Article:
Dir: Ash Brannon
Starring Luke Wilson, Eddie Izzard, J.K. Simmons, Lewis Black, Kenan Thompson, Mae Whitman, Jorge Garcia, Matt Dillon, Sam Elliot
2.5 STARS (out of 5)
If you cringed at the name of this movie or even at the trailer, then the likelihood is you won’t be alone – but, as we’ve come to discover here at One News Page, it really doesn’t pay to judge a book by its cover too often. Rock Dog comes to screens in the UK this week nationwide from the studio who brought us the likes of The Nut Job – meaning that, already, perceptions of just how good an animated movie about a guitar-playing canine could be weren’t exactly flying high. That being said, an impressive cast and a cute style should hopefully bring some balance – but does it?
Rock Dog is the tale of a young anthropomorphic dog living with other Tibetan Mastiffs deep in the back of beyond – however, to his father’s chagrin, Bodi (Wilson) finds himself dreaming of a grander, more exciting life out in the city – as a rock star – largely thanks to a radio falling from the sky. Despite his father’s reservations, Bodi finds himself on the hunt for a reclusive feline star (Izzard), who just so happens to need a band to help him record a song to keep his contract afloat. On top of that, there’s further difficulty ahead as his home is threatened by wolves – can Bodi become an overnight sensation and the hero his family needs?
It’s perhaps understandable to go into this one not expecting something of Illumination, Dreamworks or even Disney standards. The animation is basic, fairly predictable and altogether safe – it doesn’t have a look that is particularly striking, though it does manage to carry across a very cute aesthetic which will likely play well with younger viewers. Certainly, the soft, cute looks of the characters help to put their characters across – which moves us onto my next point.
Unlike some of Reel FX’s other features (let’s take Free Birds) – the characters aren’t immediately obnoxious or blatantly striving to appeal to a younger demographic. Sure, the characters here are nothing special – and neither is the story, let’s face it – but major kudos has to be levelled with the cast for fleshing out their characters as much as possible. There is some genuine talent here – while Bodi may not be the most interesting hero, Izzard’s Angus is colourful and captivating, while the ensemble cast is backed up by genuinely capable stars such as Lewis Black, Mae Whitman and Kenan Thompson. For once, while many a movie has been trotted out with a good cast and has failed spectacularly, this formula works in a movie’s favour.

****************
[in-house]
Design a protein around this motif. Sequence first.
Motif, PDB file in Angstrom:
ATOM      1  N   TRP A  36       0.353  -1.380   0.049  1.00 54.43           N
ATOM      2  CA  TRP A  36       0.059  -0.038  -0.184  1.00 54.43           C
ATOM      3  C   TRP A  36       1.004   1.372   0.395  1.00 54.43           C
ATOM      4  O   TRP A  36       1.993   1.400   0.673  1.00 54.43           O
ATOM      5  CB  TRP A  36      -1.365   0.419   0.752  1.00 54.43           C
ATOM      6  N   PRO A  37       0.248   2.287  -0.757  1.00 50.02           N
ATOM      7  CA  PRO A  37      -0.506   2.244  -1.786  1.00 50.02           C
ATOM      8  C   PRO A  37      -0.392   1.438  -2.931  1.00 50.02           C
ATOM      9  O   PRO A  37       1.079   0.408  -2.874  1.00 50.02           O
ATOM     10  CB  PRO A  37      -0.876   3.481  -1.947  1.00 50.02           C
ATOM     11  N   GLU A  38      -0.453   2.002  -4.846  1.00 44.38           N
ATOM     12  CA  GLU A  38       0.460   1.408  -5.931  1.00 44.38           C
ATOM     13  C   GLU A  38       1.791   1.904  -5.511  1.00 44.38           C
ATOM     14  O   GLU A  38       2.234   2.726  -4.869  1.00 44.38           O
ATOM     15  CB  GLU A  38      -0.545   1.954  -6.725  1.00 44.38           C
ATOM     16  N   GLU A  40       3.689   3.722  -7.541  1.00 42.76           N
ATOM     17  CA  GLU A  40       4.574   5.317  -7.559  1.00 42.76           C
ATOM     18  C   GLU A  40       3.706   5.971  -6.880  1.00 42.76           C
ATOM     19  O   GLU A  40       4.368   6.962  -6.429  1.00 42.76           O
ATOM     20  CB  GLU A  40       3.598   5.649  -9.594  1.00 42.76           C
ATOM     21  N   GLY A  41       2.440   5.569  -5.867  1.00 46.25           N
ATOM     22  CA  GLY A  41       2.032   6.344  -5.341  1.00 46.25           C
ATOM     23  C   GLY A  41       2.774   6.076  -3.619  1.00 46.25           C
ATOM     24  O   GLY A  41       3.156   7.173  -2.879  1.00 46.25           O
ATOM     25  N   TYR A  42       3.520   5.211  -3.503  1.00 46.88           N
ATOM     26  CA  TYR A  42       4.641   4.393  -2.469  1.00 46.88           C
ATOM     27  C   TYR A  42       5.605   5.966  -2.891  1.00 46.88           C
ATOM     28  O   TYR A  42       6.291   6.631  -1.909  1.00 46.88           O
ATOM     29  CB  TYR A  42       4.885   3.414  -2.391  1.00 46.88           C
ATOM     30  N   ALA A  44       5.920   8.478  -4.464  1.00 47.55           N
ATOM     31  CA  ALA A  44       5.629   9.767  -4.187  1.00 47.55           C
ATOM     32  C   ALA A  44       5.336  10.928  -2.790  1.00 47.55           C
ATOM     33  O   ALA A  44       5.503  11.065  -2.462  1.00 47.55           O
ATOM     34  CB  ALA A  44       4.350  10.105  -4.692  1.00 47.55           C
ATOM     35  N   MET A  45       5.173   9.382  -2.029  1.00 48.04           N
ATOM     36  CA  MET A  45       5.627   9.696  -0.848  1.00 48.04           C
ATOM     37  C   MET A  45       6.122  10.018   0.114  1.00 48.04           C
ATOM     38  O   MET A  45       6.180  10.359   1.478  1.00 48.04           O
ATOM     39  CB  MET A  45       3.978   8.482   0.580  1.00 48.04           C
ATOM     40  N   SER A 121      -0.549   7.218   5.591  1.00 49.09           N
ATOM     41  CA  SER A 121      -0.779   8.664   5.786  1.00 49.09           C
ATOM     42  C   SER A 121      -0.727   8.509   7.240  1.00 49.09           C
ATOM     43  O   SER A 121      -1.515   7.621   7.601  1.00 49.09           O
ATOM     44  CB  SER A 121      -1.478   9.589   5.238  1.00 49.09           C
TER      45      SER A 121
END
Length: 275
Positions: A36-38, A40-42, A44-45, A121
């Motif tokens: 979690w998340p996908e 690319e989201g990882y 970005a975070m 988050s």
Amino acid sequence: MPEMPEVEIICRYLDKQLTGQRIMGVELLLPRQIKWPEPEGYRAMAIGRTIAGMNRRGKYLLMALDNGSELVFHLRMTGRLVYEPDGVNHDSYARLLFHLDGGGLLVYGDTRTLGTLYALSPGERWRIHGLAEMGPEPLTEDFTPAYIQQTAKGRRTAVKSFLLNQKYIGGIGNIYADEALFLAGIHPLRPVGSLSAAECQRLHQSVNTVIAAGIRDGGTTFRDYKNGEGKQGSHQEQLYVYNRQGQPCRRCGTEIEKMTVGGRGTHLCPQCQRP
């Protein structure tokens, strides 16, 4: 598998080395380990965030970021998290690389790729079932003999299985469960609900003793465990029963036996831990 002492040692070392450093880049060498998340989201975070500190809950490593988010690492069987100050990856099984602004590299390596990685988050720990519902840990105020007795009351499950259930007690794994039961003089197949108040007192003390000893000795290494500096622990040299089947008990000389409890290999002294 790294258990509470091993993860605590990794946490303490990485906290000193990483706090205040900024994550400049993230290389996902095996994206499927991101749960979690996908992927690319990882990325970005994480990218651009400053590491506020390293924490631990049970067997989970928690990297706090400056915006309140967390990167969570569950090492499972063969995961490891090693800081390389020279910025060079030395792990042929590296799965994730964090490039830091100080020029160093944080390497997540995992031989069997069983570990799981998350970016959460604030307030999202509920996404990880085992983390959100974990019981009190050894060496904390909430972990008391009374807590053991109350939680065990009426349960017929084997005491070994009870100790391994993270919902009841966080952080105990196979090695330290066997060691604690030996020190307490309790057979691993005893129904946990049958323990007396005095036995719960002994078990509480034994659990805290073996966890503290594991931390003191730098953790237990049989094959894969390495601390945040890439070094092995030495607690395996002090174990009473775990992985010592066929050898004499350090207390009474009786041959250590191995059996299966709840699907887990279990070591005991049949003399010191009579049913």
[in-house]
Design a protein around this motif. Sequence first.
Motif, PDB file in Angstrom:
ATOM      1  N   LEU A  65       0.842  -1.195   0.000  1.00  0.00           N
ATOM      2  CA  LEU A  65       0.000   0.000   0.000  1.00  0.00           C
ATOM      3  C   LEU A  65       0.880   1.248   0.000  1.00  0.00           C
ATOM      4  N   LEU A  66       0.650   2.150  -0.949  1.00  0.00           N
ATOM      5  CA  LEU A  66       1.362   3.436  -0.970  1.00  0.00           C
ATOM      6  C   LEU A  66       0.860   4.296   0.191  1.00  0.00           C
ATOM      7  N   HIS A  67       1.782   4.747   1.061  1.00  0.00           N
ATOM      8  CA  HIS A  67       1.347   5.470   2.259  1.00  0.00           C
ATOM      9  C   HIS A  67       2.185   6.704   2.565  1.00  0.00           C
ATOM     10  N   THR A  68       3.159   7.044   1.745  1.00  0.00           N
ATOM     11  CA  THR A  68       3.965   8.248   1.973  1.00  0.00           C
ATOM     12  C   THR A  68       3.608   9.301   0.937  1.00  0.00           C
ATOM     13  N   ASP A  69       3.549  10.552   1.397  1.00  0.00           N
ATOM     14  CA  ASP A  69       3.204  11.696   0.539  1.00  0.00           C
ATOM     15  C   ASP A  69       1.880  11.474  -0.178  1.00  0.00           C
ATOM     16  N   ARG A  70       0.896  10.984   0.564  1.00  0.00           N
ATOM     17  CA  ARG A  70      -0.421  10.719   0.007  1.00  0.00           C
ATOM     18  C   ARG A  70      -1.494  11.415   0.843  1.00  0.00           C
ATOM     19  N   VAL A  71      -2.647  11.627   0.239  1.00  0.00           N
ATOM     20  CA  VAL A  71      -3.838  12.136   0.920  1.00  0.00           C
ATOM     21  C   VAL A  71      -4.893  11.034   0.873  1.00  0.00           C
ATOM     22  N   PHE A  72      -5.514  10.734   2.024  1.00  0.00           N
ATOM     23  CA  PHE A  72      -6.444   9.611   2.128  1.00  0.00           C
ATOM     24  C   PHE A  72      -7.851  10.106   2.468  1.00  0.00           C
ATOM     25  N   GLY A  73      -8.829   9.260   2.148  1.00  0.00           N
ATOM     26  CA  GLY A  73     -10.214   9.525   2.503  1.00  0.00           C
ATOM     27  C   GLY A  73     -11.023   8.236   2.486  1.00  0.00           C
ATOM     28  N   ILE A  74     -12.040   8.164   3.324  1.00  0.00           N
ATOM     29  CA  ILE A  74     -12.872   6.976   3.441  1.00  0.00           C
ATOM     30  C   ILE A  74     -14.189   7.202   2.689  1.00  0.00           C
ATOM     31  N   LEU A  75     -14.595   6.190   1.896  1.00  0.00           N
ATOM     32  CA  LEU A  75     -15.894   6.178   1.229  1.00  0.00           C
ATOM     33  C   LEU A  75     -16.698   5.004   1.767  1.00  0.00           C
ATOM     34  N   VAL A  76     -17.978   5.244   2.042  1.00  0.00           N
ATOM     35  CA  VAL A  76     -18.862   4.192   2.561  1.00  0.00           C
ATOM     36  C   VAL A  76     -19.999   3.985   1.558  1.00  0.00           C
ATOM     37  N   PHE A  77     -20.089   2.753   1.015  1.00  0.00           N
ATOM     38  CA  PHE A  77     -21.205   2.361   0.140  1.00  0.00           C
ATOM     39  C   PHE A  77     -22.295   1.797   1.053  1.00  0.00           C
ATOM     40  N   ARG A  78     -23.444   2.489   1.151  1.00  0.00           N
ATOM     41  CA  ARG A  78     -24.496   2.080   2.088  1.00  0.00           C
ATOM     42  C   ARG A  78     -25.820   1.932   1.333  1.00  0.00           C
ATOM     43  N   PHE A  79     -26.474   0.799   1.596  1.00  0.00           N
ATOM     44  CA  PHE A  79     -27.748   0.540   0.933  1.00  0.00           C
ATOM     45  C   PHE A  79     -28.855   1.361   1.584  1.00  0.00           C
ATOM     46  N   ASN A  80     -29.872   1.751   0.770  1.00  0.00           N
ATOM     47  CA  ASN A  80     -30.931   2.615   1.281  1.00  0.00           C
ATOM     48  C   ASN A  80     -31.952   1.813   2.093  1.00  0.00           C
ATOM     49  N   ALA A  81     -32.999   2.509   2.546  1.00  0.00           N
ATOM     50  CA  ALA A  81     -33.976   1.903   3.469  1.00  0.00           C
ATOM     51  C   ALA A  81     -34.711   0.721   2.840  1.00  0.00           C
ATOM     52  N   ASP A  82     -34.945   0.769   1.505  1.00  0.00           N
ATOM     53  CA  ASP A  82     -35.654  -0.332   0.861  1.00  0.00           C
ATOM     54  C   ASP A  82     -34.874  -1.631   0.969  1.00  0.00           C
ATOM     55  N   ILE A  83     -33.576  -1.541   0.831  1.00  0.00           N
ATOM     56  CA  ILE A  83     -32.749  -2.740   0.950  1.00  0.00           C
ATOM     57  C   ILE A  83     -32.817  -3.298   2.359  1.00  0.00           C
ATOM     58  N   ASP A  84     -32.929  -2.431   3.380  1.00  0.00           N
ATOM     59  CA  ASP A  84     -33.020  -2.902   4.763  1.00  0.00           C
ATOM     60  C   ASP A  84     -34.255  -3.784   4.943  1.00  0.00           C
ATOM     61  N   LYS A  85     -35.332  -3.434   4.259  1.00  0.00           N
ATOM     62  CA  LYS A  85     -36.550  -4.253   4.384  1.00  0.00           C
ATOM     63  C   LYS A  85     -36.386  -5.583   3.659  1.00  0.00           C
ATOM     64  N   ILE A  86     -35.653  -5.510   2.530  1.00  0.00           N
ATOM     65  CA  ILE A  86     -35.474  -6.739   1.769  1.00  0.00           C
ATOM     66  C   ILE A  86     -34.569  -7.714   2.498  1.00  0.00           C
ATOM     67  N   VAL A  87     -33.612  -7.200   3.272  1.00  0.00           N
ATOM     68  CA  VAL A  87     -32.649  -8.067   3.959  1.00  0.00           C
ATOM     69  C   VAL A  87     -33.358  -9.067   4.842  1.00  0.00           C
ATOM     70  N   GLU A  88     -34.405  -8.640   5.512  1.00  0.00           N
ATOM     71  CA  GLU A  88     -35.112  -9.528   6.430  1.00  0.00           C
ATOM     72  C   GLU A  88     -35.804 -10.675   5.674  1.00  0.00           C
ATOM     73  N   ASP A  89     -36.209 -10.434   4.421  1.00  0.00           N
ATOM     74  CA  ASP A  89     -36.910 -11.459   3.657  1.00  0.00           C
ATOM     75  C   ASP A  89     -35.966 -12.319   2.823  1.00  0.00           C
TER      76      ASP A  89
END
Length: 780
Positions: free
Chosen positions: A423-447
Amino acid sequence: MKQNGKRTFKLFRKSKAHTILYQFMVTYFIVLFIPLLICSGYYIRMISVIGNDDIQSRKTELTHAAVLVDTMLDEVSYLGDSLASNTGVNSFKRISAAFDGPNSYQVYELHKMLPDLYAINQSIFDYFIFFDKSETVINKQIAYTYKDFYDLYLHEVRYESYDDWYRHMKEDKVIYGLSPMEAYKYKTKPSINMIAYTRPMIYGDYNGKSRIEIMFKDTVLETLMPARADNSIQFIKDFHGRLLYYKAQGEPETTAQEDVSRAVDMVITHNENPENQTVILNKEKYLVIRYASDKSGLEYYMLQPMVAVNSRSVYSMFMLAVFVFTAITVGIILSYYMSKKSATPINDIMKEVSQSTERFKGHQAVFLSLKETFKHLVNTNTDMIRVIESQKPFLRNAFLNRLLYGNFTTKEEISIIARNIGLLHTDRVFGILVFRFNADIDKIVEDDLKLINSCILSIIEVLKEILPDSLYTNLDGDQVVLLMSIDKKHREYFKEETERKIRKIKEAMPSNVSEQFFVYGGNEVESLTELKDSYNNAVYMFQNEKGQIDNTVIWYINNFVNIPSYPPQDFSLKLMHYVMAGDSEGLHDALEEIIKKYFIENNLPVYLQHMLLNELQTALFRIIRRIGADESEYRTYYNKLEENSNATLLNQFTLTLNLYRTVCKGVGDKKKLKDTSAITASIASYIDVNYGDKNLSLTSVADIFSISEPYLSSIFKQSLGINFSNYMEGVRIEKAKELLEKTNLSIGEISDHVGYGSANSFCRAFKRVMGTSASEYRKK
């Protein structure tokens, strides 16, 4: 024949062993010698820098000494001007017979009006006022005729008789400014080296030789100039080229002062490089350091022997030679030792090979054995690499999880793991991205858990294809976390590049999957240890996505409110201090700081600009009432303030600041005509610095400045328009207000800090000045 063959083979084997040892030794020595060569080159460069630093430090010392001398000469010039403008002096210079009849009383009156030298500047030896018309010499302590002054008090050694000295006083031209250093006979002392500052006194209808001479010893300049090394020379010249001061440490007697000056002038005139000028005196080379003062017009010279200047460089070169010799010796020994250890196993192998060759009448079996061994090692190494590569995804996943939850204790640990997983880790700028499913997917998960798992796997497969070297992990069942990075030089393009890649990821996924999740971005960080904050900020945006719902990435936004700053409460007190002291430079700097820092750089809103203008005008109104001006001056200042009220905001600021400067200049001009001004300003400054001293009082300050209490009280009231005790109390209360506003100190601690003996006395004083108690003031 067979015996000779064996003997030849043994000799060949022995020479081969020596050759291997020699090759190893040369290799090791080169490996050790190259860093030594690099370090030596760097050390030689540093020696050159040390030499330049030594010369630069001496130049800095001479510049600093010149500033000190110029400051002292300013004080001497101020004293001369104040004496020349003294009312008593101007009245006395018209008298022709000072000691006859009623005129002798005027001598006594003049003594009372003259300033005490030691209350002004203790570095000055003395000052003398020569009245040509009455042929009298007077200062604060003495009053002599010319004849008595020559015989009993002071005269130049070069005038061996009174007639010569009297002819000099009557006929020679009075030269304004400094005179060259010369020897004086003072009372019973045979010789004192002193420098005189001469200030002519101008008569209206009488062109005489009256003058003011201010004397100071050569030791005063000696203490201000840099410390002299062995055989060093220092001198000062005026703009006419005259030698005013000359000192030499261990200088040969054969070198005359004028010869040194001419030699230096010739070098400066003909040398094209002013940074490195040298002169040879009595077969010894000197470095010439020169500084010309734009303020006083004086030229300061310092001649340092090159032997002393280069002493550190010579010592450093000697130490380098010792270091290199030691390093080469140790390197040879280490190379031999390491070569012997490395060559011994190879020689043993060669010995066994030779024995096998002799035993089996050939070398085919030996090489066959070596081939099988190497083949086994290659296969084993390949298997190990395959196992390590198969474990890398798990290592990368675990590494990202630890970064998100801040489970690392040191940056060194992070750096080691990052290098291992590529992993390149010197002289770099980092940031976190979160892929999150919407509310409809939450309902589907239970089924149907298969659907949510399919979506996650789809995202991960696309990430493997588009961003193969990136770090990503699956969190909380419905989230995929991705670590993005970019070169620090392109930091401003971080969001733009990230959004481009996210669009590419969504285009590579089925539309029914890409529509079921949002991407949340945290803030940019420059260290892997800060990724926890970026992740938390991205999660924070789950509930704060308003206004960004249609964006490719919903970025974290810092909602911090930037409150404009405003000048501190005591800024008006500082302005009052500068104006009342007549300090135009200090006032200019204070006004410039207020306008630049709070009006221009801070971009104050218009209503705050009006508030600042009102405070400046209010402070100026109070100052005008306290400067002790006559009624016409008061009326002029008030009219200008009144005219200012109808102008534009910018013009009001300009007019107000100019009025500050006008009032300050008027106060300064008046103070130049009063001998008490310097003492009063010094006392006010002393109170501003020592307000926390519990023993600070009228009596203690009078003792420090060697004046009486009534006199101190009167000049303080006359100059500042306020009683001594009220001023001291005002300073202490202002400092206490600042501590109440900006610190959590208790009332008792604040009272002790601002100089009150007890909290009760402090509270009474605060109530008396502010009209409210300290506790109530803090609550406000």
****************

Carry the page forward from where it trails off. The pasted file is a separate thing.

As movies go, Rock Dog isn’t that memorable – it’s a story older kids and adults will see coming from a long way away, and it barely even trots away from the tried-and-tested storyline routes that so many animated movies travel down. As stated, Rock Dog is impeccably safe – it teeters on the point of mediocrity so carefully that it could be considered poorer than your average Secret Life of Pets, say – yet better than the likes of, again, Free Birds. The story is hokey and the themes and messages it relays have been stomped to death so many times that it’s hard to see why they considered rattling them out again for the millionth outing. That being said, Rock Dog isn’t a movie that relies much upon originality – which is why, thankfully, it does so well in the charm department.
Fans of animation may likely see this as something of a cheap outing. Reviews from other critics are largely panning the movie – it has a rating below 50% on Rotten Tomatoes at the time of writing – but we have to consider the key audience when it comes to just how well it comes across. Rock Dog is never going to be the genre-challenging masterpiece Ratatouille was. It’s not going to convert the same merchandising ministry and worldwide appeal that Despicable Me and the Minions have over the years – but all things considered, Rock Dog is a movie with heart. Unlike some of the other movies Reel Fx have trotted out in recent years, this one at least tries to lead with a charming cast first and clichéd catchphrases and tropes second.
Sure, you won’t find anything new here – those who are deep into the Disney canon or whom even find Illumination’s recent work trite will likely struggle to make it to the finish – but for young kids, seven and below, there’s plenty of charm, funny moments and more to keep the interest. Comparing with some of 2016’s efforts – Norm of The North and Top Cat Begins, I’m looking at you – Rock Dog may not be original in the slightest, nor even technically proficient, but it never insults its audience. On these grounds, it’ll make a great day out for the family.